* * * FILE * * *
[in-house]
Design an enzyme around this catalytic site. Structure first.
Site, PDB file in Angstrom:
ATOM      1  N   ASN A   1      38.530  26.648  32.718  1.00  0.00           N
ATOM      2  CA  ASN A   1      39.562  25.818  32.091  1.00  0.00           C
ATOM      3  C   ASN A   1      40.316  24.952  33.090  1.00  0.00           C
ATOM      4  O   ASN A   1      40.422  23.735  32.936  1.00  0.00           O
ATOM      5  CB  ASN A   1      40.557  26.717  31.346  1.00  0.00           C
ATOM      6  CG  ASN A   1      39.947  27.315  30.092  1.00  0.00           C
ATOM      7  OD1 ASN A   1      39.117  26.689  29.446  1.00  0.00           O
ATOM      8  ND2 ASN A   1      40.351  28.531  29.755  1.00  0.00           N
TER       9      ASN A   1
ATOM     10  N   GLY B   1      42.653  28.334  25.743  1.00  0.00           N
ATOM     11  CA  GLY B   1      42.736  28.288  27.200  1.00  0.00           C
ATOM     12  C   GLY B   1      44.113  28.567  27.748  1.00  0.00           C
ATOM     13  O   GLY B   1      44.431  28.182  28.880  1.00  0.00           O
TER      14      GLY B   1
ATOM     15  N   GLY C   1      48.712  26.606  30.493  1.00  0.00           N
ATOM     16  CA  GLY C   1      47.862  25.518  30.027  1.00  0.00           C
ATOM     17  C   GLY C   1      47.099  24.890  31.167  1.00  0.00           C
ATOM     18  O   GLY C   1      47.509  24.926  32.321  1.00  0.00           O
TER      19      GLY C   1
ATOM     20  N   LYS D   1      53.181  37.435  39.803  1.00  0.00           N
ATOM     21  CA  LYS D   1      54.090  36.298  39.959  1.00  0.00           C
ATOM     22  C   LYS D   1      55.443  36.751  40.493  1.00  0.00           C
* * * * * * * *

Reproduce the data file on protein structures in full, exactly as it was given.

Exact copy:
[in-house]
Design an enzyme around this catalytic site. Structure first.
Site, PDB file in Angstrom:
ATOM      1  N   ASN A   1      38.530  26.648  32.718  1.00  0.00           N
ATOM      2  CA  ASN A   1      39.562  25.818  32.091  1.00  0.00           C
ATOM      3  C   ASN A   1      40.316  24.952  33.090  1.00  0.00           C
ATOM      4  O   ASN A   1      40.422  23.735  32.936  1.00  0.00           O
ATOM      5  CB  ASN A   1      40.557  26.717  31.346  1.00  0.00           C
ATOM      6  CG  ASN A   1      39.947  27.315  30.092  1.00  0.00           C
ATOM      7  OD1 ASN A   1      39.117  26.689  29.446  1.00  0.00           O
ATOM      8  ND2 ASN A   1      40.351  28.531  29.755  1.00  0.00           N
TER       9      ASN A   1
ATOM     10  N   GLY B   1      42.653  28.334  25.743  1.00  0.00           N
ATOM     11  CA  GLY B   1      42.736  28.288  27.200  1.00  0.00           C
ATOM     12  C   GLY B   1      44.113  28.567  27.748  1.00  0.00           C
ATOM     13  O   GLY B   1      44.431  28.182  28.880  1.00  0.00           O
TER      14      GLY B   1
ATOM     15  N   GLY C   1      48.712  26.606  30.493  1.00  0.00           N
ATOM     16  CA  GLY C   1      47.862  25.518  30.027  1.00  0.00           C
ATOM     17  C   GLY C   1      47.099  24.890  31.167  1.00  0.00           C
ATOM     18  O   GLY C   1      47.509  24.926  32.321  1.00  0.00           O
TER      19      GLY C   1
ATOM     20  N   LYS D   1      53.181  37.435  39.803  1.00  0.00           N
ATOM     21  CA  LYS D   1      54.090  36.298  39.959  1.00  0.00           C
ATOM     22  C   LYS D   1      55.443  36.751  40.493  1.00  0.00           C